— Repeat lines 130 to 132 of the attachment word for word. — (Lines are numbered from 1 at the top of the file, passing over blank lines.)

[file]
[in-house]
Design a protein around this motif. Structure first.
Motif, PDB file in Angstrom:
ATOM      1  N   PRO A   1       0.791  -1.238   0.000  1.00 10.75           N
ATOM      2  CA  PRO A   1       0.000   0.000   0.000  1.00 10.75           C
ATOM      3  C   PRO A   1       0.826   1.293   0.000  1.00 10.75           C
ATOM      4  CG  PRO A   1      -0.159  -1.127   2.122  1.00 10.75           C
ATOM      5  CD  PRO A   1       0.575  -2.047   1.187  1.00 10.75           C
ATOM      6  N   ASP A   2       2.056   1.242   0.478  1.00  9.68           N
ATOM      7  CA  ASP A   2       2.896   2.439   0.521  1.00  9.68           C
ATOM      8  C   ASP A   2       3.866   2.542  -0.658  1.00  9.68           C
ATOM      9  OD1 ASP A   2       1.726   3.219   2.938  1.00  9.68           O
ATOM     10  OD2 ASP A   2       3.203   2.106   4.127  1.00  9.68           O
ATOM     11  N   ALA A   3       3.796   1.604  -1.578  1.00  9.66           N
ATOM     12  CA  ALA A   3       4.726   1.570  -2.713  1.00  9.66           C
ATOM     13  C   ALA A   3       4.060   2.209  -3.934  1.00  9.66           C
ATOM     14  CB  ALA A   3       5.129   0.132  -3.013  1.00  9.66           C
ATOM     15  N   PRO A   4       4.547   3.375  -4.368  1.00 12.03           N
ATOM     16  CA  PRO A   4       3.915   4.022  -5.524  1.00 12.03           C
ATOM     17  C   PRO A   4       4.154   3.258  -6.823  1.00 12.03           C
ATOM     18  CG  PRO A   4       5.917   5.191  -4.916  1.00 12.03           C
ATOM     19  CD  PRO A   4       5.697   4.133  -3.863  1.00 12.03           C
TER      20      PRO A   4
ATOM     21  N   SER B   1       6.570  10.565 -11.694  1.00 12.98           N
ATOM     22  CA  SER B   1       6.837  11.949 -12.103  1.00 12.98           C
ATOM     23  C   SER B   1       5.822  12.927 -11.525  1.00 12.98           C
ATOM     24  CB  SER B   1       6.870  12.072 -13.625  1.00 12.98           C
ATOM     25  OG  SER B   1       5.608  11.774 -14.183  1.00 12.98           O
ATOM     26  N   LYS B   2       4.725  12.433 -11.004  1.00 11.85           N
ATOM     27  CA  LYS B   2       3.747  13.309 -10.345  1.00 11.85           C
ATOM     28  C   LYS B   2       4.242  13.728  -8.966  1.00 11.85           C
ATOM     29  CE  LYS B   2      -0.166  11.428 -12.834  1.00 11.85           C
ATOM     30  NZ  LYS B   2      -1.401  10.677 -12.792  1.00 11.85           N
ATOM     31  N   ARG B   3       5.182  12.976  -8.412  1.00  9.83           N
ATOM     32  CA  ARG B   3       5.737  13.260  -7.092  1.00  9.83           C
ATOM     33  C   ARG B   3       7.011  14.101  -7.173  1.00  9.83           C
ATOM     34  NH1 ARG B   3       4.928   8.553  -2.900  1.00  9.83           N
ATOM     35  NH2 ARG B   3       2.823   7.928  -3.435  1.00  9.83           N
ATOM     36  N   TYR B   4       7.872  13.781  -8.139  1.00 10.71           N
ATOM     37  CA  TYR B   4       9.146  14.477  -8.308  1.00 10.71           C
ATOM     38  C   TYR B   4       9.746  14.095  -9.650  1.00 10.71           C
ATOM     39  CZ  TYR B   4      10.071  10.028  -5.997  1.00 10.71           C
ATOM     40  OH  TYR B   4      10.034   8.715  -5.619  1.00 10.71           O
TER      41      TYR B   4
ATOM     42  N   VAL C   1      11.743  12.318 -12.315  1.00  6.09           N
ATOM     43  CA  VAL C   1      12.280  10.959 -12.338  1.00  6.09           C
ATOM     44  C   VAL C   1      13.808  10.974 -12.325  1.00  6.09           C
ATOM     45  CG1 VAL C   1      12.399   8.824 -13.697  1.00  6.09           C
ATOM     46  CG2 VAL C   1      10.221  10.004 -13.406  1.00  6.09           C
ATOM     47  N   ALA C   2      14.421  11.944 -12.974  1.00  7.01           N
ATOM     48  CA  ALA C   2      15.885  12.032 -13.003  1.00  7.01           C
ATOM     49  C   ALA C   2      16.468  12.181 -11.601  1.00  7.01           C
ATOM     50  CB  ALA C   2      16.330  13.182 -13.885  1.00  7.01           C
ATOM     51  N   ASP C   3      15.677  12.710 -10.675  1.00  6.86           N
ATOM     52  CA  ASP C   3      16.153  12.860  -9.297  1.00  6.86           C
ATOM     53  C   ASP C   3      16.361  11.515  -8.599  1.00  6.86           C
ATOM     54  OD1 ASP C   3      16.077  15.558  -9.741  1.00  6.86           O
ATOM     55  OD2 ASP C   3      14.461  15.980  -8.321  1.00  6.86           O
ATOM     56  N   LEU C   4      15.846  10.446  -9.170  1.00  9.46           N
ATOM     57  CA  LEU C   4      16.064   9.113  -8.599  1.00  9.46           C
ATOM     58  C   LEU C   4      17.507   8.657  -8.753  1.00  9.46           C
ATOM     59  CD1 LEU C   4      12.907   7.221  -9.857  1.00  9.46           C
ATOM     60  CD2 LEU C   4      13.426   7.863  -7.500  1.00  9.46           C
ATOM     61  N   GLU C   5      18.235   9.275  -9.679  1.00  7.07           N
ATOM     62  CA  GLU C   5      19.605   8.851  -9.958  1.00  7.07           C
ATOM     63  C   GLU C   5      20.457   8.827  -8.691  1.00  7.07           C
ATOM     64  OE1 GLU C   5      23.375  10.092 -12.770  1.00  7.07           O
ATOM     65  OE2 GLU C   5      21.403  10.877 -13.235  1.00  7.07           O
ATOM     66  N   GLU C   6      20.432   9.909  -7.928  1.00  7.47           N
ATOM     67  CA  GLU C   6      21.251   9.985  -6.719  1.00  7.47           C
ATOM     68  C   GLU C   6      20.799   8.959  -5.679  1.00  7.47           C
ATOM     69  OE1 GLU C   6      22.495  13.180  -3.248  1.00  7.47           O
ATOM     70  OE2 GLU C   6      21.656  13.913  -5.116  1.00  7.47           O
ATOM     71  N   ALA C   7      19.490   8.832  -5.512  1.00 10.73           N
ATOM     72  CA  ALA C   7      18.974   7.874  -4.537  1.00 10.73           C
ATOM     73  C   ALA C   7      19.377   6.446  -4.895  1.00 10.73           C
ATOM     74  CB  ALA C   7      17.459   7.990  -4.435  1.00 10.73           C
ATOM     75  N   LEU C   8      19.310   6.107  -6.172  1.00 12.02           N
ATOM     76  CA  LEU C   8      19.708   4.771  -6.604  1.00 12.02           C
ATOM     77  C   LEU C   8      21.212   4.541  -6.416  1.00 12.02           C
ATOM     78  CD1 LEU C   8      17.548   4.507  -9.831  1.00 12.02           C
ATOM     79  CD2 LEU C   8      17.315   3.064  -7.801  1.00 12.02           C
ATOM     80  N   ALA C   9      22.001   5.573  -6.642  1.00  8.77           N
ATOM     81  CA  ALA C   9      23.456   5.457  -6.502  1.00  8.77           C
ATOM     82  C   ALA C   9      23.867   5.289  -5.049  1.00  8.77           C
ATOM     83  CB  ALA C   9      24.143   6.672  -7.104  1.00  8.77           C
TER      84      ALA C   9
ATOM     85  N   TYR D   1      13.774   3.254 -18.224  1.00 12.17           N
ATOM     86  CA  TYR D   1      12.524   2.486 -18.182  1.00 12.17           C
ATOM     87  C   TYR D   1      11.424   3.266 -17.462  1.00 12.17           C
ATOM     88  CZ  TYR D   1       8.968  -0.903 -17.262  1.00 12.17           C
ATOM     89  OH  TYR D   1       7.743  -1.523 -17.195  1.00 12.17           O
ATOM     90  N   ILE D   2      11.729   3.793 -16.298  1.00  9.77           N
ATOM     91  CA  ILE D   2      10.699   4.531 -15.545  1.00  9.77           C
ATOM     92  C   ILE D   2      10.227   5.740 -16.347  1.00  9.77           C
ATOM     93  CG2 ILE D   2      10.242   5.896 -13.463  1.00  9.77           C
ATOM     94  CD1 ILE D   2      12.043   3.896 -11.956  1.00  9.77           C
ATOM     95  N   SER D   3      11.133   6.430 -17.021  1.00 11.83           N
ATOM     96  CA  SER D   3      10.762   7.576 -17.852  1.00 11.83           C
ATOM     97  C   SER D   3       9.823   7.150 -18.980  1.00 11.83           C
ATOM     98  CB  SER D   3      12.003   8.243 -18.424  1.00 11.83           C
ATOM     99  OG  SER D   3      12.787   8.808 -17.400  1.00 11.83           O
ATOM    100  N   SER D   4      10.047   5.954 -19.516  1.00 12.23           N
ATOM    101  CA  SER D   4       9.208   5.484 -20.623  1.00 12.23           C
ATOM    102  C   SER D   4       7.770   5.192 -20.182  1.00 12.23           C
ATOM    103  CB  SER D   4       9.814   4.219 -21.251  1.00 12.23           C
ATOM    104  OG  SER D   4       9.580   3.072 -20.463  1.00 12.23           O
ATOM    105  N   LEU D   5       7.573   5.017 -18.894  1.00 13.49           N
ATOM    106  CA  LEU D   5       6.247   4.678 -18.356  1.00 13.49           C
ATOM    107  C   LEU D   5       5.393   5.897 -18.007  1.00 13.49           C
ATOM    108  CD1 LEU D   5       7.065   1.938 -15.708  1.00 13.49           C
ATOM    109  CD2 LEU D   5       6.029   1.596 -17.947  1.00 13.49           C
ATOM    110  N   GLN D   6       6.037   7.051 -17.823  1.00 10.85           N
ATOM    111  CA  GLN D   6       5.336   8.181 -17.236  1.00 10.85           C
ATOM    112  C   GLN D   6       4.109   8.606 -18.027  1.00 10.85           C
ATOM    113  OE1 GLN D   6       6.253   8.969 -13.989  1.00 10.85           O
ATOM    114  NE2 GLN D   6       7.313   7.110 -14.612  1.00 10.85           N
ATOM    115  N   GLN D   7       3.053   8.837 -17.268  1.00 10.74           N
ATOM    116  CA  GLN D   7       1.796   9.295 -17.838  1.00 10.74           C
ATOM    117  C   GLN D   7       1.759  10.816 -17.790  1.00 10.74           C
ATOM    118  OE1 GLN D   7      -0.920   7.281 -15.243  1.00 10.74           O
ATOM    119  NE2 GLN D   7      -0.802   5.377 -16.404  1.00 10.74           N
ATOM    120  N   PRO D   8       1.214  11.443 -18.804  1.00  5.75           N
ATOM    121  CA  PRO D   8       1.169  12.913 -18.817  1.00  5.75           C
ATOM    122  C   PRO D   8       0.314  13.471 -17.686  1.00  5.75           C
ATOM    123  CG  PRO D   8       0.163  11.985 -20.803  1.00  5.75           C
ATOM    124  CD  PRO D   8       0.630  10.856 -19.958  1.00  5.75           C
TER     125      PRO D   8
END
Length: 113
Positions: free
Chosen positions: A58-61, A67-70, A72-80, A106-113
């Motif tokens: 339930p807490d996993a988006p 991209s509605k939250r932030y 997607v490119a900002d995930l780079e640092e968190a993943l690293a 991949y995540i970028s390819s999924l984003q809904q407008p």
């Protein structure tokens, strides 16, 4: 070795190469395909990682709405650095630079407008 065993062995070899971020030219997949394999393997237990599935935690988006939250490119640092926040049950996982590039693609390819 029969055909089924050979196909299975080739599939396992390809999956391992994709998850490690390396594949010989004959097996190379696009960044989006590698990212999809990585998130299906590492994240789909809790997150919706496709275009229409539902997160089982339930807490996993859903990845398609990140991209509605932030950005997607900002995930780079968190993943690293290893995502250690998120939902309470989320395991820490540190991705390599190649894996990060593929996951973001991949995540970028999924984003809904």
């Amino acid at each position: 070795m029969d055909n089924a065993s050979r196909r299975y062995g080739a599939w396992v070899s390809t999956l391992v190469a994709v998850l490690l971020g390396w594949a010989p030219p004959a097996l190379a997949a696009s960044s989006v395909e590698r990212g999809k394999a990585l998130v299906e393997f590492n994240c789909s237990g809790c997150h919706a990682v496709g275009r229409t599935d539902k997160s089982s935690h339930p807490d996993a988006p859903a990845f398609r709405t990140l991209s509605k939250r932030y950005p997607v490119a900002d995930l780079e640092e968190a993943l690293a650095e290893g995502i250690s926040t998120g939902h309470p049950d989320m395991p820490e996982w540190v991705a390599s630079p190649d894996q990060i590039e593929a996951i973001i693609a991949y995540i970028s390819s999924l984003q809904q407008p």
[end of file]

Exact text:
Length: 113
Positions: free
Chosen positions: A58-61, A67-70, A72-80, A106-113